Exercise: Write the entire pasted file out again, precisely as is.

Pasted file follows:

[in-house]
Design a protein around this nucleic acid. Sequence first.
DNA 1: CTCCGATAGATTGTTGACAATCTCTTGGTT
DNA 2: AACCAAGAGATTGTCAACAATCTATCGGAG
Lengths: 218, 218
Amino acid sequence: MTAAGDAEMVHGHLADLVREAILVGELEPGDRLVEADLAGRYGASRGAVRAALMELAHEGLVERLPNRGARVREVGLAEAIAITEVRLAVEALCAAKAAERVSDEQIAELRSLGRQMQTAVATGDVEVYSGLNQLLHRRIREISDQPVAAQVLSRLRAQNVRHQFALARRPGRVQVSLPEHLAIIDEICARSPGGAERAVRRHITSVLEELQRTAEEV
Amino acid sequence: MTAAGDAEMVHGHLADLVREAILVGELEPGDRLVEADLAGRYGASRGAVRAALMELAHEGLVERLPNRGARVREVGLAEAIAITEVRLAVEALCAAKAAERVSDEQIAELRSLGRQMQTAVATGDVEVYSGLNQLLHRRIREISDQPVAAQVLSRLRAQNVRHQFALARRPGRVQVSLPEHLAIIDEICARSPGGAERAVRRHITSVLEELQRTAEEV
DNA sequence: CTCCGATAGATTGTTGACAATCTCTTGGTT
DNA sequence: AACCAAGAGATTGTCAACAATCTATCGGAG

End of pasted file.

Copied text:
[in-house]
Design a protein around this nucleic acid. Sequence first.
DNA 1: CTCCGATAGATTGTTGACAATCTCTTGGTT
DNA 2: AACCAAGAGATTGTCAACAATCTATCGGAG
Lengths: 218, 218
Amino acid sequence: MTAAGDAEMVHGHLADLVREAILVGELEPGDRLVEADLAGRYGASRGAVRAALMELAHEGLVERLPNRGARVREVGLAEAIAITEVRLAVEALCAAKAAERVSDEQIAELRSLGRQMQTAVATGDVEVYSGLNQLLHRRIREISDQPVAAQVLSRLRAQNVRHQFALARRPGRVQVSLPEHLAIIDEICARSPGGAERAVRRHITSVLEELQRTAEEV
Amino acid sequence: MTAAGDAEMVHGHLADLVREAILVGELEPGDRLVEADLAGRYGASRGAVRAALMELAHEGLVERLPNRGARVREVGLAEAIAITEVRLAVEALCAAKAAERVSDEQIAELRSLGRQMQTAVATGDVEVYSGLNQLLHRRIREISDQPVAAQVLSRLRAQNVRHQFALARRPGRVQVSLPEHLAIIDEICARSPGGAERAVRRHITSVLEELQRTAEEV
DNA sequence: CTCCGATAGATTGTTGACAATCTCTTGGTT
DNA sequence: AACCAAGAGATTGTCAACAATCTATCGGAG